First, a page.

Think prenuptial agreements are just for the rich and famous? Here are the facts:
What is a prenuptial agreement?
An agreement made between a couple in anticipation of their marriage or civil partnership, which deals with how their assets are to be treated in the event of divorce or dissolution.
Why should you have one?
Sadly marriages and civil partnerships do not always work out as anticipated. Relationship breakdown has potentially far reaching consequences, so planning for all eventualities can eliminate the uncertainties and difficulties that you might face if you did not have an agreement in place.
Why would I need one?
In the event of you having acquired assets prior to the marriage or civil partnership, assets acquired through inheritance or your own endeavours. Prenuptial agreements can be particularly worthwhile on second marriages or civil partnerships where assets have been accumulated prior to the marriage or civil partnership and there is a wish to secure or protect them for the benefit children.
Will a prenuptial agreement be enforced by the courts?
Although not strictly enforceable prenuptial agreements are attracting judicial attention. Recent case law decisions have shown that the courts are increasingly willing to recognise them and uphold them as evidence of the parties’ intentions. Every case is different but if certain guidelines are followed the likelihood of the court mirroring all or some of the terms of the agreement when making an order is increased.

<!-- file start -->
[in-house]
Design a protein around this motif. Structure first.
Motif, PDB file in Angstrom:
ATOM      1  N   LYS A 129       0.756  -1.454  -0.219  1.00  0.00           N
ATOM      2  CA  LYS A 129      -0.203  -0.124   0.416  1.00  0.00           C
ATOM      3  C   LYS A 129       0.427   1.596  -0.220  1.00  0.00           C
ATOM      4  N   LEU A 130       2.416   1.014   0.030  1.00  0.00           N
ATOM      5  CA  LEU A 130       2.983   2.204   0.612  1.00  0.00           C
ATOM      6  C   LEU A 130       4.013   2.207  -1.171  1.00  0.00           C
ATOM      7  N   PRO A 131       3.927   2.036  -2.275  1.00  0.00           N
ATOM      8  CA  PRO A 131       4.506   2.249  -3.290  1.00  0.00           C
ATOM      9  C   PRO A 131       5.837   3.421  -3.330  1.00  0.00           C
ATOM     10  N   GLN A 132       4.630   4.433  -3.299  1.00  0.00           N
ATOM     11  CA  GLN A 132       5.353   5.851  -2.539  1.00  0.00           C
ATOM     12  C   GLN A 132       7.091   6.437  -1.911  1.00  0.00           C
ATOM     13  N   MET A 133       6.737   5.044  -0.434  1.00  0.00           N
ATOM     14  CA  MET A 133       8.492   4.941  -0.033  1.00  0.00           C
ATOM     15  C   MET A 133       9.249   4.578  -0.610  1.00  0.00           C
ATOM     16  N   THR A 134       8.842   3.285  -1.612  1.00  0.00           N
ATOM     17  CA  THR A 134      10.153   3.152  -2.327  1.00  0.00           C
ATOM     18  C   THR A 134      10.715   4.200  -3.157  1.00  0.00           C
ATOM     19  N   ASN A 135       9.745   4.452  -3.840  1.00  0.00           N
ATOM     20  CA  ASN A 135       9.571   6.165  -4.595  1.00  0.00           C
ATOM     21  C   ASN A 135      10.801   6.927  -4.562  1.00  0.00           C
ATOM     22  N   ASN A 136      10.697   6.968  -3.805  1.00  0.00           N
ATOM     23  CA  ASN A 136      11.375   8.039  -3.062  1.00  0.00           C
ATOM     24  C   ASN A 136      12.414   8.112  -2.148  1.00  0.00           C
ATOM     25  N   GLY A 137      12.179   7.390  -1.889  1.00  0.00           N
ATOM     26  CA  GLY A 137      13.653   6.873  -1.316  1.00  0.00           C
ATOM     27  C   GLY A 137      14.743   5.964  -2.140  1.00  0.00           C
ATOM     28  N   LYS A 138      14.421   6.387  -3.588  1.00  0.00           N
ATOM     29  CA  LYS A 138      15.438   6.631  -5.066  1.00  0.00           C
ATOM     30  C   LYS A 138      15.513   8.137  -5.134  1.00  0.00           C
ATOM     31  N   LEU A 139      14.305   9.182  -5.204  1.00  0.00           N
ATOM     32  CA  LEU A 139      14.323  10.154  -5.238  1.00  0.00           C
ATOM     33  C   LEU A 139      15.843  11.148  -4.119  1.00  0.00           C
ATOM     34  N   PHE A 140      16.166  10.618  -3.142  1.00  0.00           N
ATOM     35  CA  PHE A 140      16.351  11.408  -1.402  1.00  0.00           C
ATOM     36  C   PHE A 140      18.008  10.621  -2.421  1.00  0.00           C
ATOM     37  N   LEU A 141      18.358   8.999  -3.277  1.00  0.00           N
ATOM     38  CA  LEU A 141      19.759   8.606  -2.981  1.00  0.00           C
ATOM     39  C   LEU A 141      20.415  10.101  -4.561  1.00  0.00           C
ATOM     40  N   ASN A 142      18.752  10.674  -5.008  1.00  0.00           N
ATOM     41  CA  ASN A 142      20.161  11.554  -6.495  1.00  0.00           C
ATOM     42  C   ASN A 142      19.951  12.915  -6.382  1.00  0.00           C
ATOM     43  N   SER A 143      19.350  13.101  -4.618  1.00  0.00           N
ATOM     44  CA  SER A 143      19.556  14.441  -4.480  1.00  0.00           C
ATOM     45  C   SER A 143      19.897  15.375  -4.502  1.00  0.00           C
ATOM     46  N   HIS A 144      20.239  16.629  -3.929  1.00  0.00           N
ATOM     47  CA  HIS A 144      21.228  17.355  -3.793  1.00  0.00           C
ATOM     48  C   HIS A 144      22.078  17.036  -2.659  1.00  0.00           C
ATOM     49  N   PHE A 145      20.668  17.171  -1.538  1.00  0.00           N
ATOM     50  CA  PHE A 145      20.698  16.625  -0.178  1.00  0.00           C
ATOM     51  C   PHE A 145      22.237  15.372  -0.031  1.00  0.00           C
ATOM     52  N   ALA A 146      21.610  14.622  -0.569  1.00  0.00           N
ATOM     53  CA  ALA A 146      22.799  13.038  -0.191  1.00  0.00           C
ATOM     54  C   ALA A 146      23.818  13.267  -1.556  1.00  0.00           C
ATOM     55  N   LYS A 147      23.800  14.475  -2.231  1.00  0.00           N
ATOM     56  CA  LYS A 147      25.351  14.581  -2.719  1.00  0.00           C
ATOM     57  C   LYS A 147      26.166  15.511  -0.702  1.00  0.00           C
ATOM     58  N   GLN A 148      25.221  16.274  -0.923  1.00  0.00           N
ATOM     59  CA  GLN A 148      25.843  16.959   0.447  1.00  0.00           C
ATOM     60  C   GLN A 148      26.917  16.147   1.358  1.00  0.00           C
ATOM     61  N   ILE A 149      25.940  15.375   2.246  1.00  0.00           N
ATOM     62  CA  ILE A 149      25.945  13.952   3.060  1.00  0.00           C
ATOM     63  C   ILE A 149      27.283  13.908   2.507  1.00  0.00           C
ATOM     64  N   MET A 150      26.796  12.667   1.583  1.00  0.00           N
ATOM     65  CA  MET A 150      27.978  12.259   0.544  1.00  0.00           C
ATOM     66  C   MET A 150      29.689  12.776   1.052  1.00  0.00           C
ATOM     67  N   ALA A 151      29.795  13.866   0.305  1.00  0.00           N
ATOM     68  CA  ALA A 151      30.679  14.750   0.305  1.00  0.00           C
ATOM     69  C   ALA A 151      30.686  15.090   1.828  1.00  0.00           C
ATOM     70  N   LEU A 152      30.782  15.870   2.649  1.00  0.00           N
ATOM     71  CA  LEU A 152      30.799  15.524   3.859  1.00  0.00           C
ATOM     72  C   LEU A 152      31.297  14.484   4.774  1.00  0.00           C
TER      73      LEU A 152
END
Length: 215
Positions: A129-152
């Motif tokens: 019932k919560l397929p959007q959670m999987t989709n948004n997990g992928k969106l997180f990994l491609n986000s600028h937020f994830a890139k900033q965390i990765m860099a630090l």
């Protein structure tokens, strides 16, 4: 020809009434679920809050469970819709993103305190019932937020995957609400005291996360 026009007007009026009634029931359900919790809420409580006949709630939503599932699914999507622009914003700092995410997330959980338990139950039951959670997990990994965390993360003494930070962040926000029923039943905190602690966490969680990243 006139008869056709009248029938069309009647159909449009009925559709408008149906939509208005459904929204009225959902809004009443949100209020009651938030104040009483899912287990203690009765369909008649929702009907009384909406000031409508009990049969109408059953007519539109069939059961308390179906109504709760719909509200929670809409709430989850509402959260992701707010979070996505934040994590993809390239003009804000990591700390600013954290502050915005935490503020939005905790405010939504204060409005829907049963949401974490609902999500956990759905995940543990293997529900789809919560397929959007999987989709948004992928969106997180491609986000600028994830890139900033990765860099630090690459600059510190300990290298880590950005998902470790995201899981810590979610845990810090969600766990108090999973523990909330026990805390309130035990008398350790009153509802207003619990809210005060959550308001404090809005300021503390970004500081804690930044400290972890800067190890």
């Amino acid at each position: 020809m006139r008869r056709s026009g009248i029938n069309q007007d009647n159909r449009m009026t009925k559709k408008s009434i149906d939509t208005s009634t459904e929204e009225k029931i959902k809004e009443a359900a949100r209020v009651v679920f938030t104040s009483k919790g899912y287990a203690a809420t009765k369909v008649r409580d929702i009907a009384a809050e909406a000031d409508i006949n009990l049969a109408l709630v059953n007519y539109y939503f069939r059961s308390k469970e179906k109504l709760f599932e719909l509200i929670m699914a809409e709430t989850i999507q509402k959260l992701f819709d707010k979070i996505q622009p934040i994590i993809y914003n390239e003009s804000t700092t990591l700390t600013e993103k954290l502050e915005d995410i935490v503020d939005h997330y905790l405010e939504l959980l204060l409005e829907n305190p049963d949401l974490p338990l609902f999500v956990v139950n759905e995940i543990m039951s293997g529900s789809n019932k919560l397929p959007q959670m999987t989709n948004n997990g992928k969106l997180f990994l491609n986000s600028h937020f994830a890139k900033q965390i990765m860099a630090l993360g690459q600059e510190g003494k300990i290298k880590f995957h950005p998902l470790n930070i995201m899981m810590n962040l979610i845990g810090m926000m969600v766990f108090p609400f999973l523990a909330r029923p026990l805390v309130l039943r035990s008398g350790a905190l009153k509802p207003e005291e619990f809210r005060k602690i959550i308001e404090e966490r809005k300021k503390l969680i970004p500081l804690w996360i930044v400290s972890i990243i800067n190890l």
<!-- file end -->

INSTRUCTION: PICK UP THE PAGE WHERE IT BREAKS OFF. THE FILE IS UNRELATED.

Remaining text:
Not only can we prepare an agreement for you, we can also advise you on how to ensure its continual suitability. We
recommend periodical review to take into consideration any changes in your circumstances that might need incorporating into the agreement.
Points to consider before making a prenuptial agreement:
The courts have suggested that if certain guidelines are followed your prenuptial agreement is more likely to be taken into account:
• The agreement should be signed at least twenty one days before the proposed date of the marriage or civil partnership ceremony, and preferably even earlier, say six weeks.
• Both parties should provide full financial disclosure.
• Each party should receive separate and independent legal advice and this is recorded in the agreement.
• Suitable financial provision should be made in respect of any children, either already born or in the event that any are born in future.
• The terms should be fair both at the time the agreement is entered into and should be reviewed regularly to ensure that they remain fair.
• The terms of the agreement must be such that it would be enforceable as under the general law of contract.
• Both parties must sign the agreement willingly and without pressure or undue influence from any other person.
The Lester Aldridge family team deal with these and other issues on a regular basis and are frequently instructed by clients who wish to protect their assets prior to getting married.
If you would like to discuss any aspect of divorce, separation or arrangements for your children, contact the family team on 01202 786161 or email firstname.lastname@example.org